4.1. Prevalence of Restrictive Eating, Eating Disorders, and Menstrual Dysfunction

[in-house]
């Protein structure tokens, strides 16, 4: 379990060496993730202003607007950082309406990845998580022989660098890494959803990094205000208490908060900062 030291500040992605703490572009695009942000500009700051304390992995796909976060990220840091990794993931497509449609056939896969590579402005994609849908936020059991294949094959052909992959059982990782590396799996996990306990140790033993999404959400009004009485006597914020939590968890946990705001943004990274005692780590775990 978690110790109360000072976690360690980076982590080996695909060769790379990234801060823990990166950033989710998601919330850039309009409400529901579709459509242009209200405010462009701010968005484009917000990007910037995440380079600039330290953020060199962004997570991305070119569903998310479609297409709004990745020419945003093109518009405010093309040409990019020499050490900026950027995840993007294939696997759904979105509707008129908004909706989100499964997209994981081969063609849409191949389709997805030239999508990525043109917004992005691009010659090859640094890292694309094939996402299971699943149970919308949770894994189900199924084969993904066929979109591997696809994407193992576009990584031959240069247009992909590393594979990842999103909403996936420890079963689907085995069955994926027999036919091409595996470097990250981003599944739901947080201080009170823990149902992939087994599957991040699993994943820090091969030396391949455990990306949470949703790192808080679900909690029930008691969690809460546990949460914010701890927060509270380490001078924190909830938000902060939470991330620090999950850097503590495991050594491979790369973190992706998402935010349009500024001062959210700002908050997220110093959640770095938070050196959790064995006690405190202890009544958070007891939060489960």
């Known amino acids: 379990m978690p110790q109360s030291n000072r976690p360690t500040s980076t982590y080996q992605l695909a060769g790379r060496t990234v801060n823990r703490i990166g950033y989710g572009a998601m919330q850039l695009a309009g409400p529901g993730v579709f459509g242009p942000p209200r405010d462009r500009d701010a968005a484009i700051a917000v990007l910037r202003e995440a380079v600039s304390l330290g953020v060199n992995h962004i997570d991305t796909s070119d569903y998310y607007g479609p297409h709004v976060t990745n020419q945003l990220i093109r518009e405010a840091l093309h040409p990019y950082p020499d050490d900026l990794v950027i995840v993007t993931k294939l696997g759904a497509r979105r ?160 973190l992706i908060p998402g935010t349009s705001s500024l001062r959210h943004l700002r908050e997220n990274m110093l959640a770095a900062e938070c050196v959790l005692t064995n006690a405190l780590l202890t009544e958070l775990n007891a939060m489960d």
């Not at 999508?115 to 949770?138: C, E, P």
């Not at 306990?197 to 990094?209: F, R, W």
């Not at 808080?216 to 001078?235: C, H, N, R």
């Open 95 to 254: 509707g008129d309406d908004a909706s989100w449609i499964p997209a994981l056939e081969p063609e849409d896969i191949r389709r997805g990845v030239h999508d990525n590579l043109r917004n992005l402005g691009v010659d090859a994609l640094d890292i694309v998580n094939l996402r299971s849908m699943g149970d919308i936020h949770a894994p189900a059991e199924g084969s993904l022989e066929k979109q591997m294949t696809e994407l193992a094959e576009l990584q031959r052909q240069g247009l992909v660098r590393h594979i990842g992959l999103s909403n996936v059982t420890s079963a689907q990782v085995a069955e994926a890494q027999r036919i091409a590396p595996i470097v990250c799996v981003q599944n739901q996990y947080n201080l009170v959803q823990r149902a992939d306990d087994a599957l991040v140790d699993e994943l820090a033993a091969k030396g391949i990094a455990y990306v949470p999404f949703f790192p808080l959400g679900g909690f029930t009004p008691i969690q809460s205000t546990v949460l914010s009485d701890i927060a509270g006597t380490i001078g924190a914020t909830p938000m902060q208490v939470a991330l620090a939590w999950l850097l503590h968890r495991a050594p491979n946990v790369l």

In the present study, 24.6% of the athletes reported restrictive eating, which is higher than the 11.1% reported by Hinton and Beck [25] in female collegiate athletes, but lower than the 39.6% reported by Bennell et al. [26] in female 17–26 year old track-and-field athletes. The lifetime prevalence of self-reported eating disorder in our sample was 18.1%, which is similar to the 17.9% reported by Silén et al. [27] in a Finnish female community-based sample and slightly higher than reports in French athletes (11.2%) [28]. However, the lifetime prevalence of eating disorder observed in this study was lower than self-reported current eating disorder in a sample of Norwegian athletes (27.3%) [29]. Menstrual dysfunction prevalence in the current study among all participants was 31.6%, which is lower than what we recently found in Finnish athletes aged 18–20 years (38.9%) [30], but higher than what was found in high-school athletes (18.8–20.1%) [12,31] and in Finnish athletes aged 14–16 years (17.7%) [30]. The prevalence of a current or past primary amenorrhea in the present study among all participants was 15.5%, which is higher than reported earlier [8,30]. Differences in study populations and methodologies are likely to explain the discrepancies between studies.